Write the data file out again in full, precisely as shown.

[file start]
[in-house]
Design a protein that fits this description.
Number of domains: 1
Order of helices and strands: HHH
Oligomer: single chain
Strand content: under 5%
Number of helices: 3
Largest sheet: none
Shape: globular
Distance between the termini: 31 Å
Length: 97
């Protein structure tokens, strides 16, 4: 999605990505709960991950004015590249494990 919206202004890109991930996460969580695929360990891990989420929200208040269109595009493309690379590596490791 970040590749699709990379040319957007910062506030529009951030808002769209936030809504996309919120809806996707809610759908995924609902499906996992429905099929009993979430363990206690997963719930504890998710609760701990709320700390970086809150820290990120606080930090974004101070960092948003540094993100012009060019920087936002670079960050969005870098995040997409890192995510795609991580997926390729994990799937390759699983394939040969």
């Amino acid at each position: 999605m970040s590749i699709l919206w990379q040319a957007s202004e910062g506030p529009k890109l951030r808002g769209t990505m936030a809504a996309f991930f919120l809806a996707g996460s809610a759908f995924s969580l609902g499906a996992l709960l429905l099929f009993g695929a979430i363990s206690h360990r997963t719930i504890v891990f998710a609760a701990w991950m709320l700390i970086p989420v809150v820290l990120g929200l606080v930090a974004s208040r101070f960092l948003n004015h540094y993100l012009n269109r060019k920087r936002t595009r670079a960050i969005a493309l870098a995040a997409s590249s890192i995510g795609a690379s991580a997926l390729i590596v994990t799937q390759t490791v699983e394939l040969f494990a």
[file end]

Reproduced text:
[in-house]
Design a protein that fits this description.
Number of domains: 1
Order of helices and strands: HHH
Oligomer: single chain
Strand content: under 5%
Number of helices: 3
Largest sheet: none
Shape: globular
Distance between the termini: 31 Å
Length: 97
């Protein structure tokens, strides 16, 4: 999605990505709960991950004015590249494990 919206202004890109991930996460969580695929360990891990989420929200208040269109595009493309690379590596490791 970040590749699709990379040319957007910062506030529009951030808002769209936030809504996309919120809806996707809610759908995924609902499906996992429905099929009993979430363990206690997963719930504890998710609760701990709320700390970086809150820290990120606080930090974004101070960092948003540094993100012009060019920087936002670079960050969005870098995040997409890192995510795609991580997926390729994990799937390759699983394939040969």
């Amino acid at each position: 999605m970040s590749i699709l919206w990379q040319a957007s202004e910062g506030p529009k890109l951030r808002g769209t990505m936030a809504a996309f991930f919120l809806a996707g996460s809610a759908f995924s969580l609902g499906a996992l709960l429905l099929f009993g695929a979430i363990s206690h360990r997963t719930i504890v891990f998710a609760a701990w991950m709320l700390i970086p989420v809150v820290l990120g929200l606080v930090a974004s208040r101070f960092l948003n004015h540094y993100l012009n269109r060019k920087r936002t595009r670079a960050i969005a493309l870098a995040a997409s590249s890192i995510g795609a690379s991580a997926l390729i590596v994990t799937q390759t490791v699983e394939l040969f494990a």